In the Press
Cathy Siebold — June 9, 2014
In a recent New Yorker article, research about how memory is stored and reconstructed was described. This article also spoke of ‘new’ exposure and CBT therapies to help victims of trauma cope with their memories. AAPCSW Past President Cathy Siebold's letter reacting to such a claim was published in the June 9, 2014 issue of The New Yorker. As author of this letter, Cathy Siebold has given us permission to reprint it.
Daniela Schiller’s research, demonstrating that traumatic memories can become less painful or even be extinguished, reinforces observations made long ago by psychotherapists. But the discussion about the treatment of traumatic memories should not be limited to cognitive behavioral methods. “Exposure therapy” is but new wine in old bottles. For decades, therapists have been helping patients suffering from traumatic experiences to talk about, or uncover, their memories as a way to ease the emotional power and meaning of the past. The act of remembering requires the construction of new meaning within the context of a relational experience—a fact well appreciated by psychoanalytic theory. Survivors of trauma frequently put themselves in situations that remind them of the trauma they suffered, and this typically has the effect of solidifying the pain associated with these memories. As the psychoanalyst Hans Loewald wrote in 1960, it is by remembering and internalizing new experiences with the therapist that patients can “turn ghosts into ancestors.”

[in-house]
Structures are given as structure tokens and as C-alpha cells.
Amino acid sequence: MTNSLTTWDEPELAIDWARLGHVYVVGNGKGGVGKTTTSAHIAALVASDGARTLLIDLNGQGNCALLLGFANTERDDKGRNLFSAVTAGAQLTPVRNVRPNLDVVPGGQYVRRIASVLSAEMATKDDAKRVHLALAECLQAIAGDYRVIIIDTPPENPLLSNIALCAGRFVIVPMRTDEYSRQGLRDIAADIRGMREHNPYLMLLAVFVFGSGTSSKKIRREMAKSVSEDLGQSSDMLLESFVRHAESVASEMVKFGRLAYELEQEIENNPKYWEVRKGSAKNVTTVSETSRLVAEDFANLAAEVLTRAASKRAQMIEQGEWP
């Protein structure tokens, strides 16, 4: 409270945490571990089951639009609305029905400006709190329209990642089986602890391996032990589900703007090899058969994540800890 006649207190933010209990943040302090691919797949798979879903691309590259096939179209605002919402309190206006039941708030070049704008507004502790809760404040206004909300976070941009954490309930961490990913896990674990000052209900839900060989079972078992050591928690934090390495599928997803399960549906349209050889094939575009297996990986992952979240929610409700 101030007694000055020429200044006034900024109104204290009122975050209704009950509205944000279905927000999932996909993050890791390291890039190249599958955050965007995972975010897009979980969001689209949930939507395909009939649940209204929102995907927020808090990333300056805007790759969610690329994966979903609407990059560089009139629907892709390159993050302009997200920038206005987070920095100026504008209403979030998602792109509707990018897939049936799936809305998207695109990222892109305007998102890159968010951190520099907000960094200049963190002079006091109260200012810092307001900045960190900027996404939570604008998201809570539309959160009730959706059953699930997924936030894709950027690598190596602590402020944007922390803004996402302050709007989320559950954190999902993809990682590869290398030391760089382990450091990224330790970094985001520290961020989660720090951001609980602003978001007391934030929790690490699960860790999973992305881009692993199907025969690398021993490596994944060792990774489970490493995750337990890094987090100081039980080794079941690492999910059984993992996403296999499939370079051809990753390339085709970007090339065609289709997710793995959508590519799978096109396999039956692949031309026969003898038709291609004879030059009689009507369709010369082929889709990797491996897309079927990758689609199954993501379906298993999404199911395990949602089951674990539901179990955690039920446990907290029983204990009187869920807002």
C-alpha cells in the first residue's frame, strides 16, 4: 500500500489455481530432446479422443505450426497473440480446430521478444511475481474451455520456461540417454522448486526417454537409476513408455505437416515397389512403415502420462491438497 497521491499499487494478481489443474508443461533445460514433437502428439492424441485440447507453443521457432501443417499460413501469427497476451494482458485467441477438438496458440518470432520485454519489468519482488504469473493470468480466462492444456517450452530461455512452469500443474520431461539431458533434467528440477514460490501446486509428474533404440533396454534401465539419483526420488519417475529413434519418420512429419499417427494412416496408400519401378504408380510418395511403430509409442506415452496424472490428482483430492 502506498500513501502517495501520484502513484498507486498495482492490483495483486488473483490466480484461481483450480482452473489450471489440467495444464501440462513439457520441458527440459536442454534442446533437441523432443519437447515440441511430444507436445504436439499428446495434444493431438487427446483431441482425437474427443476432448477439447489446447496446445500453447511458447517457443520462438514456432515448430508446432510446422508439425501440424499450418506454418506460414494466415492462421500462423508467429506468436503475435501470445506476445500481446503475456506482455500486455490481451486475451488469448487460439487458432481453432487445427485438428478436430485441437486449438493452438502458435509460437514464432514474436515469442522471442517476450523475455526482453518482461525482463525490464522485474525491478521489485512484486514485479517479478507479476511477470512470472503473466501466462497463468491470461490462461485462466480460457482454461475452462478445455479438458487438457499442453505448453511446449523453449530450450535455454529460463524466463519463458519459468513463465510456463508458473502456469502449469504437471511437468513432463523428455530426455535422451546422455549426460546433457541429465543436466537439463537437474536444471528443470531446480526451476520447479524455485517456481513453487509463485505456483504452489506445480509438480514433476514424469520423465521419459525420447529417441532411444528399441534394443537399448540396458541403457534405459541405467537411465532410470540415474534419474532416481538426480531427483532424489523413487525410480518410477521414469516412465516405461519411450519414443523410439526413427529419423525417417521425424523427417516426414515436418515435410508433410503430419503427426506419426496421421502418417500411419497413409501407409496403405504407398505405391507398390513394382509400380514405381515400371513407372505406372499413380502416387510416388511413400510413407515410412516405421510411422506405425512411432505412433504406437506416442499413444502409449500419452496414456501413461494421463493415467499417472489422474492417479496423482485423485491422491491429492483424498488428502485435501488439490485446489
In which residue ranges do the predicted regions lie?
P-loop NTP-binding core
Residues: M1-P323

- Cathy Siebold, Cambridge, Mass. in the New Yorker